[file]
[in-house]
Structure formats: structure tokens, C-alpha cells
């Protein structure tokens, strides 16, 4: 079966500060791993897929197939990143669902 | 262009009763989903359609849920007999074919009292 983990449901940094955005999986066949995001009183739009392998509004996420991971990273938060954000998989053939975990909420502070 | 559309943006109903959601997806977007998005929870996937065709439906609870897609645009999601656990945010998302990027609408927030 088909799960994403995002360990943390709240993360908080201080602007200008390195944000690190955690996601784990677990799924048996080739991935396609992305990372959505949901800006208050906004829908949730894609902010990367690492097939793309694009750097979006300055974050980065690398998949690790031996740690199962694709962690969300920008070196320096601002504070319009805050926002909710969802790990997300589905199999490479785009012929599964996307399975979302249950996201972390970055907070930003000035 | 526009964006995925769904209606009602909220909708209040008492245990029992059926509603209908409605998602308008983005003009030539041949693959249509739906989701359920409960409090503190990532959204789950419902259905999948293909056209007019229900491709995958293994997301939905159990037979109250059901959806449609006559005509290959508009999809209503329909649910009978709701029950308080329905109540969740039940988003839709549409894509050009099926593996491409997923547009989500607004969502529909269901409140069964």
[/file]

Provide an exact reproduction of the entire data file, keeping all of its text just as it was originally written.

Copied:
[in-house]
Structure formats: structure tokens, C-alpha cells
């Protein structure tokens, strides 16, 4: 079966500060791993897929197939990143669902 | 262009009763989903359609849920007999074919009292 983990449901940094955005999986066949995001009183739009392998509004996420991971990273938060954000998989053939975990909420502070 | 559309943006109903959601997806977007998005929870996937065709439906609870897609645009999601656990945010998302990027609408927030 088909799960994403995002360990943390709240993360908080201080602007200008390195944000690190955690996601784990677990799924048996080739991935396609992305990372959505949901800006208050906004829908949730894609902010990367690492097939793309694009750097979006300055974050980065690398998949690790031996740690199962694709962690969300920008070196320096601002504070319009805050926002909710969802790990997300589905199999490479785009012929599964996307399975979302249950996201972390970055907070930003000035 | 526009964006995925769904209606009602909220909708209040008492245990029992059926509603209908409605998602308008983005003009030539041949693959249509739906989701359920409960409090503190990532959204789950419902259905999948293909056209007019229900491709995958293994997301939905159990037979109250059901959806449609006559005509290959508009999809209503329909649910009978709701029950308080329905109540969740039940988003839709549409894509050009099926593996491409997923547009989500607004969502529909269901409140069964």